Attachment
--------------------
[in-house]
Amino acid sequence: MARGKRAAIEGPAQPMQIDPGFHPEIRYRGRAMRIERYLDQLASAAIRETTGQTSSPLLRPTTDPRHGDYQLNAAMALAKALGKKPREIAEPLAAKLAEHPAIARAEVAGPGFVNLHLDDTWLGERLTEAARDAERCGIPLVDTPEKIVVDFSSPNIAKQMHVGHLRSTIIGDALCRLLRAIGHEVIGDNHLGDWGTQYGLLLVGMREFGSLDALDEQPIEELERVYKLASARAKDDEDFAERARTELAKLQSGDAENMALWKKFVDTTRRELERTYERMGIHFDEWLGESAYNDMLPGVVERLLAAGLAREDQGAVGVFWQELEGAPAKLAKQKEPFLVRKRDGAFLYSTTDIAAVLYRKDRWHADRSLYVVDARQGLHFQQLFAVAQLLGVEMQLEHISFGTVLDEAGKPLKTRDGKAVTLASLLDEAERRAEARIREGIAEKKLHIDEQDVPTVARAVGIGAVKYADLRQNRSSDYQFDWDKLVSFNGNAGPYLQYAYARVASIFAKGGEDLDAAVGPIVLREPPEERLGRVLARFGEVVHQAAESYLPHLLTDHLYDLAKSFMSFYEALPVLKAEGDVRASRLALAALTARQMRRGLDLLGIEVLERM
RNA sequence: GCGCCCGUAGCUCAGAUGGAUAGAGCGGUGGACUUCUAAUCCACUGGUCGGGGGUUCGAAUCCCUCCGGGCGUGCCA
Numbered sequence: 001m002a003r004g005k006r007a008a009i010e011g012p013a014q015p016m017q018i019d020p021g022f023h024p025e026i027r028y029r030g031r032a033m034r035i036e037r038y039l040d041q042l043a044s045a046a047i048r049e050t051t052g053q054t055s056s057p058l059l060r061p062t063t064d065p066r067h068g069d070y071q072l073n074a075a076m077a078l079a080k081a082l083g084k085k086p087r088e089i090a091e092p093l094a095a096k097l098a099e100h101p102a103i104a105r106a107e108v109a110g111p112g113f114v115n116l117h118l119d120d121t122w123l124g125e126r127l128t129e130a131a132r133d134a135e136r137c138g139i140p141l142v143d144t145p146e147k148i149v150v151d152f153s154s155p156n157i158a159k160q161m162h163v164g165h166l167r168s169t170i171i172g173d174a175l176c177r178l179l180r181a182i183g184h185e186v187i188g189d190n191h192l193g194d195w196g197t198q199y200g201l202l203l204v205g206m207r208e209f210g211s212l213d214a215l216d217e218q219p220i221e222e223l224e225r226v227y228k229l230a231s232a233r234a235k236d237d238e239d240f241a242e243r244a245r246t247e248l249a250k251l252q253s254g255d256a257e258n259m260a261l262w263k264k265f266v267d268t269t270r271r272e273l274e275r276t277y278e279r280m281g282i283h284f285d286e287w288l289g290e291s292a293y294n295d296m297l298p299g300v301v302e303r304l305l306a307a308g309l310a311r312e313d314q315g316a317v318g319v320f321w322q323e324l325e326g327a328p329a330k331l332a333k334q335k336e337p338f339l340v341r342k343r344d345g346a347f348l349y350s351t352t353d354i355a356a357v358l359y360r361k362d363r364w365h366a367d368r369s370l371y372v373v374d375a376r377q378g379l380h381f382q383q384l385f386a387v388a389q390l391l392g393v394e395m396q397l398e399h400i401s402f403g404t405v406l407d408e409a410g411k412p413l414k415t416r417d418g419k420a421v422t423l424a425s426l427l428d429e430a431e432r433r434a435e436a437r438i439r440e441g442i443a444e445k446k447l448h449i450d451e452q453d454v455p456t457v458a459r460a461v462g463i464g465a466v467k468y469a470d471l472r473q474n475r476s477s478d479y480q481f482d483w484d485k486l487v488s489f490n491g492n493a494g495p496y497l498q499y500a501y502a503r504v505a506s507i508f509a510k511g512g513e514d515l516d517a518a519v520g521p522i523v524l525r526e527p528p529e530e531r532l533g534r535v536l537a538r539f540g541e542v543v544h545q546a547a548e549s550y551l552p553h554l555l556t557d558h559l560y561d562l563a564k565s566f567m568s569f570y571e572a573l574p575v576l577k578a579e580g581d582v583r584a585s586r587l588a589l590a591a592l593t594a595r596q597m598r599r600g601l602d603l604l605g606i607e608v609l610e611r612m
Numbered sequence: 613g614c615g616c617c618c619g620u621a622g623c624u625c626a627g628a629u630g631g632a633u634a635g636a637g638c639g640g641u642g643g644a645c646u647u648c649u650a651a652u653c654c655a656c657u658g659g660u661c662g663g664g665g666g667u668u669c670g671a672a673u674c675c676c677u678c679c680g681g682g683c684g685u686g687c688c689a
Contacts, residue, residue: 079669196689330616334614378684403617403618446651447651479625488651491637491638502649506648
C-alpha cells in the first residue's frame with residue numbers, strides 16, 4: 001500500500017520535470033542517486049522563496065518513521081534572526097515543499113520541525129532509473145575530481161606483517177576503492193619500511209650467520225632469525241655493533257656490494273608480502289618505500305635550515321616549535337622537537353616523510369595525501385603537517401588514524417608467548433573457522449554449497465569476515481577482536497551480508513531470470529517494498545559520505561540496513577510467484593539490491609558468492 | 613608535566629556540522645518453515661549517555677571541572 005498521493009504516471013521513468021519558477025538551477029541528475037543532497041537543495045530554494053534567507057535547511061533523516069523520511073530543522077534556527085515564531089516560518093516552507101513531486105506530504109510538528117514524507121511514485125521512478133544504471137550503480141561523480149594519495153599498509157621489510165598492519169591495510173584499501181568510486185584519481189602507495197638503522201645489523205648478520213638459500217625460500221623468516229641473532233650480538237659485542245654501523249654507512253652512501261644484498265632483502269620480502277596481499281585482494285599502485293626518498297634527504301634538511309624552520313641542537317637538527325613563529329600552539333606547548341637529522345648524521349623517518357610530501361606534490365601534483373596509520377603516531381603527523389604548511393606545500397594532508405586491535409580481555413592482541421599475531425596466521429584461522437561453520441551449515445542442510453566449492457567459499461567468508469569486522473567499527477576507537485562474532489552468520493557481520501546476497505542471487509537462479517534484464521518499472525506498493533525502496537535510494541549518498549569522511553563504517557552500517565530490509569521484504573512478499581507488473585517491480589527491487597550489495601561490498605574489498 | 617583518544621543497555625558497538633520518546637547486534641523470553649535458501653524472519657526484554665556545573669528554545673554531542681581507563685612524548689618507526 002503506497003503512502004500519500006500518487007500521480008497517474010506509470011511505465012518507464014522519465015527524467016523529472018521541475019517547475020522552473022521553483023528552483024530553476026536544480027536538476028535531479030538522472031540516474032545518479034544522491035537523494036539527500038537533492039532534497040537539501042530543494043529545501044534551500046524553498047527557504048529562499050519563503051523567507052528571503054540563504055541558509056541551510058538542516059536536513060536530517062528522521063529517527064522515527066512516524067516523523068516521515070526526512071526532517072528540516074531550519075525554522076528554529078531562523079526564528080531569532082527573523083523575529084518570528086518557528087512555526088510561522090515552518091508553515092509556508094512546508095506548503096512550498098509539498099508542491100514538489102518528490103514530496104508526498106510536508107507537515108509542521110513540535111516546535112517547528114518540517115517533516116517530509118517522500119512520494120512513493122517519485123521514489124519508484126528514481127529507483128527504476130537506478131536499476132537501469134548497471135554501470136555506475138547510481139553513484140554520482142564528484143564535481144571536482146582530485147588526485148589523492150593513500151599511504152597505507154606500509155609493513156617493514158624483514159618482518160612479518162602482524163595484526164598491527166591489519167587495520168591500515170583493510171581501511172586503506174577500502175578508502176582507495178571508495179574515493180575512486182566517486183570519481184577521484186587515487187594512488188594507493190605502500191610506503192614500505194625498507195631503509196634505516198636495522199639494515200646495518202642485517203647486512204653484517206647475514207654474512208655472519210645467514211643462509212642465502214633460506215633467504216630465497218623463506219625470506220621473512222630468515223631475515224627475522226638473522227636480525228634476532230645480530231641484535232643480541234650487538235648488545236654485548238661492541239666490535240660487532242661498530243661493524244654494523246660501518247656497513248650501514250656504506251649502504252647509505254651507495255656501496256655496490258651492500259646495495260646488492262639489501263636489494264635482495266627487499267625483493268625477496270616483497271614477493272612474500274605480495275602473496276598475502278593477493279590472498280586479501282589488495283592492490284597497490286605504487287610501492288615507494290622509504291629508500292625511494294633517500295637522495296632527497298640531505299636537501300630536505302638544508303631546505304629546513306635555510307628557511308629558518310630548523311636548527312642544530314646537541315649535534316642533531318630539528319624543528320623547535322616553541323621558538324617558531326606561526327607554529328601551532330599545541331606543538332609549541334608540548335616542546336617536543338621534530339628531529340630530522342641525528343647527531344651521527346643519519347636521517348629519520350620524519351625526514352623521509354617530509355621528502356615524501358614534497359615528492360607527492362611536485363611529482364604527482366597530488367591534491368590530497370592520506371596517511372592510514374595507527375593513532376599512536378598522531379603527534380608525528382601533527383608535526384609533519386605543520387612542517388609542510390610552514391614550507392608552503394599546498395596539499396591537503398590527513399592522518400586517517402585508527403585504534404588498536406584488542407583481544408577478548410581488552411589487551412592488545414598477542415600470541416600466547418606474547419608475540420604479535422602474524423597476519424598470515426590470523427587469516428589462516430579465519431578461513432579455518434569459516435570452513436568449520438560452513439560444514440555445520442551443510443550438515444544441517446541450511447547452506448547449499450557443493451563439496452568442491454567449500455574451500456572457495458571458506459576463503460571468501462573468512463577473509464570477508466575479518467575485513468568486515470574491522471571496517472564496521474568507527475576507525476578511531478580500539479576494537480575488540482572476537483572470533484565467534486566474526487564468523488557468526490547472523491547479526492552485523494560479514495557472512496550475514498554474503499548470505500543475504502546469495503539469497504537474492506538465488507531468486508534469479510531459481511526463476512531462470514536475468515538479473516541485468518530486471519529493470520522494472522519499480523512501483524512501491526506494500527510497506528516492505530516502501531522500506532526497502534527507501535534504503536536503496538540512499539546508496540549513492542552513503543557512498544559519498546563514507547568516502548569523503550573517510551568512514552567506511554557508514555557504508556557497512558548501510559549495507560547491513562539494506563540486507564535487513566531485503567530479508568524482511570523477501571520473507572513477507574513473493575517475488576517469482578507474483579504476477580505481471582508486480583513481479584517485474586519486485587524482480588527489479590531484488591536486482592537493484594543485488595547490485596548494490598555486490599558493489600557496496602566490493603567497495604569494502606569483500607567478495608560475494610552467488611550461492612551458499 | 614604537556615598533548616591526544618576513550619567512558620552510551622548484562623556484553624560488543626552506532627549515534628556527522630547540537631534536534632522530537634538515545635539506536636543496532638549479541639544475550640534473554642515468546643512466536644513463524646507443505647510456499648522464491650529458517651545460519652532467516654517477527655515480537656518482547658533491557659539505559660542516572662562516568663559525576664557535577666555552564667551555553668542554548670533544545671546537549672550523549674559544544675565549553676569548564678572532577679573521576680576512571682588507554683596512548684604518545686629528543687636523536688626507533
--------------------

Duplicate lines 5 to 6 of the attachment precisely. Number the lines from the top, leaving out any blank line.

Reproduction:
Numbered sequence: 613g614c615g616c617c618c619g620u621a622g623c624u625c626a627g628a629u630g631g632a633u634a635g636a637g638c639g640g641u642g643g644a645c646u647u648c649u650a651a652u653c654c655a656c657u658g659g660u661c662g663g664g665g666g667u668u669c670g671a672a673u674c675c676c677u678c679c680g681g682g683c684g685u686g687c688c689a
Contacts, residue, residue: 079669196689330616334614378684403617403618446651447651479625488651491637491638502649506648